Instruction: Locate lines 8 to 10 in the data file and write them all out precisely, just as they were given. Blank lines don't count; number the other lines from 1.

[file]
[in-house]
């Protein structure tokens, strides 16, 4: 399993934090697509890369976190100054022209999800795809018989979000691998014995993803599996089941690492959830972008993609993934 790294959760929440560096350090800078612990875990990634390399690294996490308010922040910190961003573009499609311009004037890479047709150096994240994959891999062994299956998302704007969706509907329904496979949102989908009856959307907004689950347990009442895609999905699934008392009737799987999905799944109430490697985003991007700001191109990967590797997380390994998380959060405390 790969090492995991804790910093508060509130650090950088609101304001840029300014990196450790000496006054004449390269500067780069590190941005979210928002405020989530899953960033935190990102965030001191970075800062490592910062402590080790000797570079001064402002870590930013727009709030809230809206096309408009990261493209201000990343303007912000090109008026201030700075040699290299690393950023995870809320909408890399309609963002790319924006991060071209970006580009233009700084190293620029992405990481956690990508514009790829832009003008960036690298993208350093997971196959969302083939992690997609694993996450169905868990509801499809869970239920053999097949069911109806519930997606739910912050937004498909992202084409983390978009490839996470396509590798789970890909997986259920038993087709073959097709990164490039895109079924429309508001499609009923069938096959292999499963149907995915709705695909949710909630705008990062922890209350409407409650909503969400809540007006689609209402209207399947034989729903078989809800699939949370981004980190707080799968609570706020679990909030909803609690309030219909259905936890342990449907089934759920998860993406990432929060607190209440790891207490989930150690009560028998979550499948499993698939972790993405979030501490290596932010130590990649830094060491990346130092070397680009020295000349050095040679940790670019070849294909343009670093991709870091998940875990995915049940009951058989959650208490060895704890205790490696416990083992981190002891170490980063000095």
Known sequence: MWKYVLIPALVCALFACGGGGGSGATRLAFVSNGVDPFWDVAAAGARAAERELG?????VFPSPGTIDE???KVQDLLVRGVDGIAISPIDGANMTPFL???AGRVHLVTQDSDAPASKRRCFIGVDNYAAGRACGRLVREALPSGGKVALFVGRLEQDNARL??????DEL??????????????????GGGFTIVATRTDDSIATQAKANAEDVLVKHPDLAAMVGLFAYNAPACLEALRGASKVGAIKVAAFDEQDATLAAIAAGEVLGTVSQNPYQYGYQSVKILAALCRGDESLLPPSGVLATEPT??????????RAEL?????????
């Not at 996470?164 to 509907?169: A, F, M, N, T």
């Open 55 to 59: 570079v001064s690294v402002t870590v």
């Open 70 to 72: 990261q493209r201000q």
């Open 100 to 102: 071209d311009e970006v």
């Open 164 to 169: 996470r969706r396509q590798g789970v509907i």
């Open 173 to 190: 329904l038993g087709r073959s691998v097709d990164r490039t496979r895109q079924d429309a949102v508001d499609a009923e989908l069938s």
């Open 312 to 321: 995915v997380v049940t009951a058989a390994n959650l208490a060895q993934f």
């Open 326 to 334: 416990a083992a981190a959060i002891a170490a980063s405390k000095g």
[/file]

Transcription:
């Open 164 to 169: 996470r969706r396509q590798g789970v509907i």
């Open 173 to 190: 329904l038993g087709r073959s691998v097709d990164r490039t496979r895109q079924d429309a949102v508001d499609a009923e989908l069938s």
């Open 312 to 321: 995915v997380v049940t009951a058989a390994n959650l208490a060895q993934f």